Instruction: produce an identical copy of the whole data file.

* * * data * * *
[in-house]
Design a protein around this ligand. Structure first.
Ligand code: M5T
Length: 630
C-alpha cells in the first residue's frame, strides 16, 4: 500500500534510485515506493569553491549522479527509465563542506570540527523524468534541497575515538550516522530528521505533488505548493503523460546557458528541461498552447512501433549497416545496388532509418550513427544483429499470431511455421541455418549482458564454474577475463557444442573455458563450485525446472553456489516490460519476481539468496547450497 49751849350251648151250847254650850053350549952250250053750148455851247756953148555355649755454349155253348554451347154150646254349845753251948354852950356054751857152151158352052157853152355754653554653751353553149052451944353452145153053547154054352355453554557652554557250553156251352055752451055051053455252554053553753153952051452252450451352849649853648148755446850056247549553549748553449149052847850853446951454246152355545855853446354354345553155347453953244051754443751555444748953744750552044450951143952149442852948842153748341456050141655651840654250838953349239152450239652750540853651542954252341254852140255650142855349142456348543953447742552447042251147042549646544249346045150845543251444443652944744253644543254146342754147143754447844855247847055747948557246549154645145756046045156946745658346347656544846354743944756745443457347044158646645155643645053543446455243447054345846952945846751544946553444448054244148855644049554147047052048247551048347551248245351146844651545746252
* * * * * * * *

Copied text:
[in-house]
Design a protein around this ligand. Structure first.
Ligand code: M5T
Length: 630
C-alpha cells in the first residue's frame, strides 16, 4: 500500500534510485515506493569553491549522479527509465563542506570540527523524468534541497575515538550516522530528521505533488505548493503523460546557458528541461498552447512501433549497416545496388532509418550513427544483429499470431511455421541455418549482458564454474577475463557444442573455458563450485525446472553456489516490460519476481539468496547450497 49751849350251648151250847254650850053350549952250250053750148455851247756953148555355649755454349155253348554451347154150646254349845753251948354852950356054751857152151158352052157853152355754653554653751353553149052451944353452145153053547154054352355453554557652554557250553156251352055752451055051053455252554053553753153952051452252450451352849649853648148755446850056247549553549748553449149052847850853446951454246152355545855853446354354345553155347453953244051754443751555444748953744750552044450951143952149442852948842153748341456050141655651840654250838953349239152450239652750540853651542954252341254852140255650142855349142456348543953447742552447042251147042549646544249346045150845543251444443652944744253644543254146342754147143754447844855247847055747948557246549154645145756046045156946745658346347656544846354743944756745443457347044158646645155643645053543446455243447054345846952945846751544946553444448054244148855644049554147047052048247551048347551248245351146844651545746252